Hozier is loved in Ireland. Not just in this country in fact, but all over the world.
The Wicklow native has produced some incredible music over the past few years, with the type of musical repertoire that very few can match. On top of all of that, he seems like a genuinely nice guy.
There were many brilliant moments during RTÉ's Comic Relief last night. Most of them came in the form of comedy, but there were some emotional segments as well.
Hozier stole the show with his rendition of the Simon & Garfunkel classic 'Bridge Over Troubled Water', which he performed in an empty and eerily beautiful Croke Park. It was a stunning performance, spine-tingling performance.
It all raises the question, is Hozier appreciated enough in this country?
He is certainly loved in Ireland, but you get the feeling that he isn't appreciated quite enough. There are few people in the world of music that could pull off a performance such as this one, a sentiment expressed by Niall Breslin last night.
— Niall Breslin (@nbrez) June 26, 2020
As a country, we have produced no shortage of musical superstars down through the years. There is a strong argument to be made that Hozier is the most talented of the lot.
He doesn't crave the limelight, which is perhaps one of the reasons he is not as frequent in our lives as we would want him to be. For him, it is very much about the music.
That is something to be admired. Appearing on The Tommy Tiernan Show earlier this year, he explained why he avoids things like social media and interviews as much as possible:
I try to avoid it. I get very anxious going on the record over anything, even interviews like this I suppose...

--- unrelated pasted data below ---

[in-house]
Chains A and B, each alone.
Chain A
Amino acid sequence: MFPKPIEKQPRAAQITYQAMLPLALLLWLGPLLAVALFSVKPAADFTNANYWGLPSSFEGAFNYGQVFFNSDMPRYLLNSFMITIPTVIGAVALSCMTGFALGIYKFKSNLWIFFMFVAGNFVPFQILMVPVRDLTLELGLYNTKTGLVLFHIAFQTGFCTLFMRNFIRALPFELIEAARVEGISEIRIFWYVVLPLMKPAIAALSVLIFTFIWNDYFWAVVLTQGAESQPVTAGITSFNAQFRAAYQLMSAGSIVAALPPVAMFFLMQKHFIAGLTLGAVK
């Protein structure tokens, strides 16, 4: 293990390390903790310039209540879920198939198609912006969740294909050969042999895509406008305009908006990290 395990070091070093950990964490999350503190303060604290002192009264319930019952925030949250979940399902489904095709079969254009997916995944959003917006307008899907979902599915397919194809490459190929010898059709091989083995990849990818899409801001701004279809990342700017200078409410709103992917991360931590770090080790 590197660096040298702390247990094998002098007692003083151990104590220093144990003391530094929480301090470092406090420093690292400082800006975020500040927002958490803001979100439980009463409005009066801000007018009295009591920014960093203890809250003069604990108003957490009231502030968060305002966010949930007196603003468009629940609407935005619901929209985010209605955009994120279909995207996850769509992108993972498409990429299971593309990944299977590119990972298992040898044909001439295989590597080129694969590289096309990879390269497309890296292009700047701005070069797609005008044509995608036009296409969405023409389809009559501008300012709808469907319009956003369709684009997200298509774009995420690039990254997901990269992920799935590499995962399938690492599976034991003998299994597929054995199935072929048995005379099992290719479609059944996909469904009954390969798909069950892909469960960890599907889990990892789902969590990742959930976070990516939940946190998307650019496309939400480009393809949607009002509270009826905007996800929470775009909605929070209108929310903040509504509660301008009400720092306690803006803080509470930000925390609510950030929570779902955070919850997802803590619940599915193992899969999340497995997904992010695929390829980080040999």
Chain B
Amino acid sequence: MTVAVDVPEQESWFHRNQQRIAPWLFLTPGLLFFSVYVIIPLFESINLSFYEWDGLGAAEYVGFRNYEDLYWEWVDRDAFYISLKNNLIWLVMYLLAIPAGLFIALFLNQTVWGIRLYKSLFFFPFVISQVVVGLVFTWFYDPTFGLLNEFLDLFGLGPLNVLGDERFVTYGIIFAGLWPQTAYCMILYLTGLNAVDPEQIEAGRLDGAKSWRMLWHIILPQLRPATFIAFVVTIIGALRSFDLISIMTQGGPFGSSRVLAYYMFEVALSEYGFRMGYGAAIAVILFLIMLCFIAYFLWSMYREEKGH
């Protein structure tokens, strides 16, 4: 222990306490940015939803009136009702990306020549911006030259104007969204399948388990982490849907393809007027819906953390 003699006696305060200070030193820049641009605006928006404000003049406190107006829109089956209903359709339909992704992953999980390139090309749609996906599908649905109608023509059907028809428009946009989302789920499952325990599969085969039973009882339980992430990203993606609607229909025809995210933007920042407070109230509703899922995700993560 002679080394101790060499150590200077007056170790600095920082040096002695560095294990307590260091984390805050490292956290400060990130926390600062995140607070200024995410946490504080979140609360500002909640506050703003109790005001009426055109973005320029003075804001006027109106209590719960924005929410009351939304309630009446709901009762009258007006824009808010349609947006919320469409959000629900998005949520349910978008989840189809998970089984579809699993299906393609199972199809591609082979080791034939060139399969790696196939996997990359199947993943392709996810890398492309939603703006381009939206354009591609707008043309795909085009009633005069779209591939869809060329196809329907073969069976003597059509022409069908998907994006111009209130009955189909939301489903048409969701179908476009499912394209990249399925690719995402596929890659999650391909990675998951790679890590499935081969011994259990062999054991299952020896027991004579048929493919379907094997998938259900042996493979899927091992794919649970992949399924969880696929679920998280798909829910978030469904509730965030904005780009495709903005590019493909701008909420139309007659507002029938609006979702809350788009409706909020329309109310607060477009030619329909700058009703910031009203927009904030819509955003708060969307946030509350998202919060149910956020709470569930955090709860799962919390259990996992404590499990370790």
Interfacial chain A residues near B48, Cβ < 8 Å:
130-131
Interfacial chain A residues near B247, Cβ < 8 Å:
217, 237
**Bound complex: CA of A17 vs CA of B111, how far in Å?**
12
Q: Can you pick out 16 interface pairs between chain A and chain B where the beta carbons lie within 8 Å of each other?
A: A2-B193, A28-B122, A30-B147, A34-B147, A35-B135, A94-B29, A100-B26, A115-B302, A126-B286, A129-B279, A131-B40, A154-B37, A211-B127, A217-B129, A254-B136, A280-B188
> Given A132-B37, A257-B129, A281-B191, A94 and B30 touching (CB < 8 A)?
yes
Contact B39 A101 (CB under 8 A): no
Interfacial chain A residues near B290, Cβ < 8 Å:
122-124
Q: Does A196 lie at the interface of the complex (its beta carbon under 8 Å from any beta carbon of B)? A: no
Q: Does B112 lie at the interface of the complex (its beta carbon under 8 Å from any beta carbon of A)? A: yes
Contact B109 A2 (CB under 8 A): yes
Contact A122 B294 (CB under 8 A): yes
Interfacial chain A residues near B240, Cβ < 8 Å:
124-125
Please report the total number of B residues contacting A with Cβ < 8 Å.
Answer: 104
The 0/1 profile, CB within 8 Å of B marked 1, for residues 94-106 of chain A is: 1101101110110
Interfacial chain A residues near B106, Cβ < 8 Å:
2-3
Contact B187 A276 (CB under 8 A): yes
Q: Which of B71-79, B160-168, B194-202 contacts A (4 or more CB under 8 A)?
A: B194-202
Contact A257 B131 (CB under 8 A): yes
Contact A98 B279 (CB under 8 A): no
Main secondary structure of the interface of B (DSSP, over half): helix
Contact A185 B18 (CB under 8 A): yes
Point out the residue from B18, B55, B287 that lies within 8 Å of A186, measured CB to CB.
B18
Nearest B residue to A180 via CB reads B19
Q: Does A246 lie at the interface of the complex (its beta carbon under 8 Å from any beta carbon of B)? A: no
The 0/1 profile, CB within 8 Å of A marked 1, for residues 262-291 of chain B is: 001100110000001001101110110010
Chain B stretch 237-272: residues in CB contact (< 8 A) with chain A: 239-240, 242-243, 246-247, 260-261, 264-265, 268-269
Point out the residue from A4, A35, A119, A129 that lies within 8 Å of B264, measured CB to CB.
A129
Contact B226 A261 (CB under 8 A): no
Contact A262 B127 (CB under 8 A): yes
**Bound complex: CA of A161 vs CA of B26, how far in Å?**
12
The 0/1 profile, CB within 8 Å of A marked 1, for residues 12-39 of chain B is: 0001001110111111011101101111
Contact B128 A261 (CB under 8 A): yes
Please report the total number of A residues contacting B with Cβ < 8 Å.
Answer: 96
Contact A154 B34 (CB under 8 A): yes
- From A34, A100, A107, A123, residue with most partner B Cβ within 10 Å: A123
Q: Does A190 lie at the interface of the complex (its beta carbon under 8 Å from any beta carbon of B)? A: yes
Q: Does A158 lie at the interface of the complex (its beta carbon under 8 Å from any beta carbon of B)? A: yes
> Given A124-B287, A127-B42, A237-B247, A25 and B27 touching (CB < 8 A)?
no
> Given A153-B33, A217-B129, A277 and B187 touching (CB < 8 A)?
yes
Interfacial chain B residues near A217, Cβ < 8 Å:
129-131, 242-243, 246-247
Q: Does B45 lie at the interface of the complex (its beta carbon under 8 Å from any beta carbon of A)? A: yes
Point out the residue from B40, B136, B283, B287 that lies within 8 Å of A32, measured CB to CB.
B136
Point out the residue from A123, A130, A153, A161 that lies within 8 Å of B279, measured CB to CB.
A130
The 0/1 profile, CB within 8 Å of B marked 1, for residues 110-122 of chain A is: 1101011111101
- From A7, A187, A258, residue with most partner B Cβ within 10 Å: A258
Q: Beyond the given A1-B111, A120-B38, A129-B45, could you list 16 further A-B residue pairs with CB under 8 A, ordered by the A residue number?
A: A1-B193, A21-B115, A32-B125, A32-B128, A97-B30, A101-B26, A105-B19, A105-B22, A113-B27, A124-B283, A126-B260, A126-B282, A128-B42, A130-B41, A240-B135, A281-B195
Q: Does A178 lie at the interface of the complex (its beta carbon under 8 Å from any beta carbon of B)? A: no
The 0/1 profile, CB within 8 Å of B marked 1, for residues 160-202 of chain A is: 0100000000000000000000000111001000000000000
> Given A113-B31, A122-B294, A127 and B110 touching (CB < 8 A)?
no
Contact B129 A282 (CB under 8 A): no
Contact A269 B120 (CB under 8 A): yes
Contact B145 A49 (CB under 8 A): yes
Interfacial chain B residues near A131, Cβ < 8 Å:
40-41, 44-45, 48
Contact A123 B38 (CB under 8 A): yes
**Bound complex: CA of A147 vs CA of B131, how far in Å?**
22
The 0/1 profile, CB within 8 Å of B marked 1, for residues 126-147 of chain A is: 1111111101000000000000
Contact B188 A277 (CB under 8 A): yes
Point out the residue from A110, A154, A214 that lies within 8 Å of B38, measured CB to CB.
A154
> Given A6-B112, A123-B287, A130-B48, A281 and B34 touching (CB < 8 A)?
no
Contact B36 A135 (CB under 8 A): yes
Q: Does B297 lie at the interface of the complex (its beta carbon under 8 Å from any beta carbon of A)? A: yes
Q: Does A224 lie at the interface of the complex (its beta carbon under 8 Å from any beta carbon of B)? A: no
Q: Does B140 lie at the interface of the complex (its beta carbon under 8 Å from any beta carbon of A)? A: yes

There's the fear of social reprisals, there is that. I think it's more that the more you try to explain yourself, the more you'll end up being misunderstood anyway. There's an anxiety there I suppose.
I've kind of managed to avoid it, there was a time when I would have been more active in putting my voice out there.
There is for certain things that I would feel strongly about, like the marriage referendum here or something like that, if you have a platform and feel you can offer a boost like that in some sort of way.
But unless it's about something I think is very useful I try to be careful in what I say.
This partly explains that why Hozier may not be thought of by some as being in the same calibre of stardom as other musicians, but that has to change.
His music deserves as much. While he may not be all that outspoken on social media, Hozier's music is often used to tackle tough issues in life such as domestic abuse and opposition to religion, something few other mainstream musical stars would even consider.
The 29-year old is somewhat unique in that regard, and he does not see himself going down the road of avoiding the difficult issues anytime soon, something he spoke about in the Irish Times last year:
I write for myself. I write for things that I enjoy or things that I believe in, or things to reconcile sh*t. I don’t write for a room...
Bands and acts do get to that stage where they start writing songs for stadium stuff. Yeah, it happens. Maybe it’s – I don’t know – because they see that it pays off?
Maybe they just want to write happy music and make people dance. I get that too. Avoid the difficult stuff. I don’t know. I’m not quite there yet.
That's why his repeated appearances for worthy causes, such as last night or on The Late Late Show a few months ago, are so befitting of the man.
The fact that he is one of the most talented musicians you will ever hear is just icing on the cake.
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